Math and Your Toddler
Every four years the National Center for Education Statistics conducts the Trends in International Mathematics and Science Study (TIMSS), which compares US fourth and eighth graders to students in other countries. In the 2003 TIMSS study, US fourth graders scored above average on the math test but were 12th overall out of 25, placing behind countries such as Japan, England, and the Russian Federation. American eighth graders also scored above average yet placed 10th of 35 countries participating and were behind such countries as Hungary, Korea, and the Netherlands.
How can we improve these statistics and get our kids to improve their math skills? Start early! Children as young as seven months may already be developing abstract mathematical concepts—much earlier than once thought, according to a recent Duke University study by Kerry Jordan and Elizabeth Brannon published in the February 2006 Proceedings of the National Academy of Sciences.
Wondering how you can help? Take a look at the following list of concepts and activities that are sure to make learning math fun for your toddler—before he even starts school.
- Take a bucket of balls or other like objects of varying sizes. Have your child line the balls up across the floor. Next, ask your child to order the balls by size. Use words such as “small, smaller, smallest” or “big, bigger, biggest.” Take this opportunity to compare two items: “This ball is bigger than that one.” Or for more than two items: “This is a small ball. This ball is smaller than that ball. This is the smallest ball.”
- Go on a size walk. Look for small and big objects and compare similar items: “That is a tall tree! Can you find a taller tree?”
- Draw a line down the center of several sheets of paper. Label each side of the papers with opposite words such as big and small, or tall and short. Cut out two each of opposite shapes or objects (cars, animals, and so on) to fit each category. Have the child place the cutouts on the appropriate papers. You can also have the child glue the object to the appropriate paper and appropriate side.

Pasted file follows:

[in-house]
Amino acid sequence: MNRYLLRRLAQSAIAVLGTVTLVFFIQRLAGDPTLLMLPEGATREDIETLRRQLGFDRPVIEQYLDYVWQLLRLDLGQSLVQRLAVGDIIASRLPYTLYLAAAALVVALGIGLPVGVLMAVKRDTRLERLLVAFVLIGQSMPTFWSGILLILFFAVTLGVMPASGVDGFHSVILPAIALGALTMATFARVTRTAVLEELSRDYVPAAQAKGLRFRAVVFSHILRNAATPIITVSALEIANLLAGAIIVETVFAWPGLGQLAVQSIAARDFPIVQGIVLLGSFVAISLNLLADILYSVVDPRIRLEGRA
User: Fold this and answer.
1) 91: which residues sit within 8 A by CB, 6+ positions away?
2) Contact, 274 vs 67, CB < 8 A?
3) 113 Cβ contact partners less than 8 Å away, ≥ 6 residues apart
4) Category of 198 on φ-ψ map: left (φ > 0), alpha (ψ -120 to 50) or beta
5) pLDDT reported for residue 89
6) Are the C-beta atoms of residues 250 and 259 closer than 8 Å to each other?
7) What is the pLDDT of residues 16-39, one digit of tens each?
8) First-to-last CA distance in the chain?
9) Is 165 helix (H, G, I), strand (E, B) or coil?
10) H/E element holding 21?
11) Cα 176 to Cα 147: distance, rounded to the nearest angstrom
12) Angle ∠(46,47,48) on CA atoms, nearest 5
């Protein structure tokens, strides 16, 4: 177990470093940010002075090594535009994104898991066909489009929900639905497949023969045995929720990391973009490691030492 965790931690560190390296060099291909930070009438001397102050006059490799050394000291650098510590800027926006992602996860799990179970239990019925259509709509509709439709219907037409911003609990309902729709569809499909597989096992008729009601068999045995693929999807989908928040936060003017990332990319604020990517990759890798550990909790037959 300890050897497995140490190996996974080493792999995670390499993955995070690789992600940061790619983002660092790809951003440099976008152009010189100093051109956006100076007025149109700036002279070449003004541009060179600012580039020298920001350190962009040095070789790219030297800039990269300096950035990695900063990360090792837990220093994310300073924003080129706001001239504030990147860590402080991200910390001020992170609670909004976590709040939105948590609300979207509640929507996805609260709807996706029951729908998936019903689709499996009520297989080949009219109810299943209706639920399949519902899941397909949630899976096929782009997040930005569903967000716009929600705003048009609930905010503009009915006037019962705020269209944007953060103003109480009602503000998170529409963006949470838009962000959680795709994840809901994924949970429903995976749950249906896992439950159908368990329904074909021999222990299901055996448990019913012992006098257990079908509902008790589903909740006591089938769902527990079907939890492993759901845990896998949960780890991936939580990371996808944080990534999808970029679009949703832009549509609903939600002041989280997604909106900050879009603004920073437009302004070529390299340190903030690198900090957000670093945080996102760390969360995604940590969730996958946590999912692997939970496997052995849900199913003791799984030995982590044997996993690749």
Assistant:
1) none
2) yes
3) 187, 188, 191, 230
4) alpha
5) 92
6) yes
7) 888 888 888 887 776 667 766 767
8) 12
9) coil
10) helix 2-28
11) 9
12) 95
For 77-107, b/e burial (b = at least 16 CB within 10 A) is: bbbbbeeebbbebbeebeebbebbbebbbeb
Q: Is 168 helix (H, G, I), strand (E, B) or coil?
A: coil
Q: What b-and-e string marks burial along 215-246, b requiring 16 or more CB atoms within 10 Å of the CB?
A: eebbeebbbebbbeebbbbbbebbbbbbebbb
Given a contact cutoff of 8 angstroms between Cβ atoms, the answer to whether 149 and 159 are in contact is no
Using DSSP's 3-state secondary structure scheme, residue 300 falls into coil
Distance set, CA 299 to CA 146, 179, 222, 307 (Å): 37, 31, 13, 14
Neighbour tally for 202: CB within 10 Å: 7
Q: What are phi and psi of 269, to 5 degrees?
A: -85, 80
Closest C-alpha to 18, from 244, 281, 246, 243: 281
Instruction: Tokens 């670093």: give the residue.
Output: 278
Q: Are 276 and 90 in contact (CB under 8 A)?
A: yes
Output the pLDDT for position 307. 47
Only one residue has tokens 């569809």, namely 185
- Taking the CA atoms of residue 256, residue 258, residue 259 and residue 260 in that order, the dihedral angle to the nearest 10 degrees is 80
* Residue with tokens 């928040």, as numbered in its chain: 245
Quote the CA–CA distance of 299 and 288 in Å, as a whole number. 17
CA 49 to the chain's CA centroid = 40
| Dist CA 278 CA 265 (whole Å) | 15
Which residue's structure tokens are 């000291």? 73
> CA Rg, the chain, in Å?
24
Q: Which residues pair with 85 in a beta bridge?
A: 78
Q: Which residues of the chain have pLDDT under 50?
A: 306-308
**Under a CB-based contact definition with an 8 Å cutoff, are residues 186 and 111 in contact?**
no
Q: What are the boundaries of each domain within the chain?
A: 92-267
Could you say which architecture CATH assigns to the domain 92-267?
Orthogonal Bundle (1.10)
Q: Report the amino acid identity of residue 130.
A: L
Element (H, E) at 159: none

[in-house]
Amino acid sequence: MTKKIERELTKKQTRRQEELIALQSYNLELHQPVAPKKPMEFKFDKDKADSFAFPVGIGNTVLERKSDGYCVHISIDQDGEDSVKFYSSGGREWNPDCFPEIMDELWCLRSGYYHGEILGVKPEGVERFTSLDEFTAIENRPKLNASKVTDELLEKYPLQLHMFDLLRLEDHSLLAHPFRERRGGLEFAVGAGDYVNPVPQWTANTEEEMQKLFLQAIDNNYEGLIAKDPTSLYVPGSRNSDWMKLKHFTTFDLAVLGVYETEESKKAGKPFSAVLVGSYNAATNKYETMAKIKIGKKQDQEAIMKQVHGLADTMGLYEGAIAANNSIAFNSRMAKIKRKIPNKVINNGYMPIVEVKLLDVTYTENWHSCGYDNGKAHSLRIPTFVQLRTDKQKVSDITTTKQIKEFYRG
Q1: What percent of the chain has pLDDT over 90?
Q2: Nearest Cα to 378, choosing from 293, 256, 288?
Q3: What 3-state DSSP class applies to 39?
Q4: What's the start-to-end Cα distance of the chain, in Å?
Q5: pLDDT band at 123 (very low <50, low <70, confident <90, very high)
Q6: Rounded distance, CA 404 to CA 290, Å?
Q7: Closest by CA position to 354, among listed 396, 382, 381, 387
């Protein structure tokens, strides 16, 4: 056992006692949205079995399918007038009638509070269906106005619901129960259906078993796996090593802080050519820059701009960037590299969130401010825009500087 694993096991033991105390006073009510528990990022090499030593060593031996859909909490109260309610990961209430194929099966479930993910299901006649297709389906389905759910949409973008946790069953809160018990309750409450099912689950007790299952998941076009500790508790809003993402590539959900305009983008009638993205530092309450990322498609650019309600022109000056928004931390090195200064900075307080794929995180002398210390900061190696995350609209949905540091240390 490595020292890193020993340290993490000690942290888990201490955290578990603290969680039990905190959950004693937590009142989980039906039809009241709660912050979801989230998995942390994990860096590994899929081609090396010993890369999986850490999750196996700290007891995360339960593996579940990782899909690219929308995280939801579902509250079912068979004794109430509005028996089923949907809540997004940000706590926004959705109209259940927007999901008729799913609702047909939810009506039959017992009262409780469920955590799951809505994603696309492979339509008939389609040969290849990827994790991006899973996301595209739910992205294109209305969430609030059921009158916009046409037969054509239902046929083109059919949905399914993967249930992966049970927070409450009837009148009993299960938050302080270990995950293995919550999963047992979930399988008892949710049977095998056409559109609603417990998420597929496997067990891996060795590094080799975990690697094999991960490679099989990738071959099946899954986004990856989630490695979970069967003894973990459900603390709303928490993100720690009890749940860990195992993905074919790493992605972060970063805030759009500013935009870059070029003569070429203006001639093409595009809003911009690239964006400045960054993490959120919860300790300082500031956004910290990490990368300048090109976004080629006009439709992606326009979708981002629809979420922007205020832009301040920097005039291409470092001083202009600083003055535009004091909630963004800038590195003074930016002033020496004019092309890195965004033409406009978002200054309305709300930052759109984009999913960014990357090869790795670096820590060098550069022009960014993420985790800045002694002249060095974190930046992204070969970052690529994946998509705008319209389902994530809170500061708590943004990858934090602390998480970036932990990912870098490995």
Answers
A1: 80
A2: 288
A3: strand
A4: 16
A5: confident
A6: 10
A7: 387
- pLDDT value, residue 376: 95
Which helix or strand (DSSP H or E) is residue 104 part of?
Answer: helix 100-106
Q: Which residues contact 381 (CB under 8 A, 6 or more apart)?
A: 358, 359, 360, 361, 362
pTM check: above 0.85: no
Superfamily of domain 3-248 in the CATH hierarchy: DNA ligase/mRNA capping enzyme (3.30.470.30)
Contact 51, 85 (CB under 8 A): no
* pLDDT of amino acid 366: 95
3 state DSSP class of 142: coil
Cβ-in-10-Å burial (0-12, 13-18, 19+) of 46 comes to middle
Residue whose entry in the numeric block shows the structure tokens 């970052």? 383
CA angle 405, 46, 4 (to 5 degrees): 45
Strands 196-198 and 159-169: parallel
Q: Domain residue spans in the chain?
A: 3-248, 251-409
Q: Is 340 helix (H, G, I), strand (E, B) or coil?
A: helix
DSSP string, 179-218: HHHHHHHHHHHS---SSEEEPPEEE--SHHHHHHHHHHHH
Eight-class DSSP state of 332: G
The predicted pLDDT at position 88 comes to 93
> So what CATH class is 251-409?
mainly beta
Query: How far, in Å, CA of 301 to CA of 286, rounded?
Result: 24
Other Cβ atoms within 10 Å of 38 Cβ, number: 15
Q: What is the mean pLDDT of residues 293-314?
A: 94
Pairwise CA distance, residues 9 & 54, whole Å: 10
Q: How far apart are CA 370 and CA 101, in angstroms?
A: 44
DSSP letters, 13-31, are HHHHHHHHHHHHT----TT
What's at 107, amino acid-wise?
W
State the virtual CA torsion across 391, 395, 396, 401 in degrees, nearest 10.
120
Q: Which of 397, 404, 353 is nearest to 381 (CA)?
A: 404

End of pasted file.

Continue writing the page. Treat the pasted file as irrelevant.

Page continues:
- Fill plastic shoe boxes with ingredients such as rice, dry mashed potatoes, water, and so on. Allow children to play with same-shaped sets of stacking cups by scooping and pouring the ingredients in and out of the cups. Discuss how many scoops of one size it takes to fill another. Use words such as more and less.
- Using the same boxes, provide various shaped and sized containers. Consider individual-sized milk containers, drinking cups, and tubes. Allow the child to explore the material by pouring and scooping the ingredients into the containers.
- Label sheets of paper with standard shapes. Start with square, triangle, and circle. If the child is older, add rectangle, oval, diamond or rhombus, and hexagon (six equal sides).
Have cutouts of each shape in a variety of sizes. Have the child place the shapes on the correct paper. The child can also glue each shape to the correct paper.
- Cut out shapes of squares, triangles, rectangles, and circles in varying sizes. Allow children to create pictures on blank paper with the shapes.
Encourage using the shapes to create both concrete objects (people, trees, cars) and abstract objects (those that do not represent any known object).
- Take your child on a shape hunt. Glue one each of a triangle, square, rectangle, and circle on small note cards. Consider punching a hole in each card and placing the cards on a ring for easy access. Take the cards outside or through the house looking for common objects for each shape.
The cards serve as a reminder and reference. The adult can list on the back of each shape card what the child finds for the particular shape. Review the list once the game is stopped.
- As you did with the shape hunt, take your child on a number hunt. Adjust the number range depending on the age and knowledge of the child.
- Cut paper plates in half like a puzzle. On one side of the puzzle write a number and on the other half, place objects of the same number. You can use stickers, Popsicle sticks, small pretzels, etc. Have the child match the written number with the number of objects.
- Cut cardstock into smaller pieces to resemble a deck of cards. On one side of each card write a number. On the other side place stickers to match. Have the child count the stickers, then flip the card to see if the correct number was guessed.
- Write numbers on the inside bottoms of paper or plastic cups. Have the child count and place objects equal to the written number into the cup. Cheerios make tasty counters.
- Make a floor graph. Use colored pieces of paper or blocks to represent one unit. Have the child place a sheet of paper on the floor for each girl in the family. Select a different colored paper to represent the number of boys in the family. Place the lines beside one another. Discuss concepts of more and less, tall and short. Or: Collect a pile of toys. Graph the different toys (dolls, cars, and blocks) within the pile.
- Create or purchase a large piece of graph paper. Label with sunny, rainy, cloudy, snowy. Have the child color in one block for each day during the month that corresponds with the appropriate weather. Each label should be represented by a different color. Complete one graph for each month. Discuss concepts of most and fewest. This is an opportunity to also discuss that zero is a number. Or: Graph the different types of clothing included in one pile of laundry (socks, shirts, pants).
Numeration and Counting
YOU MIGHT BE INTERESTED IN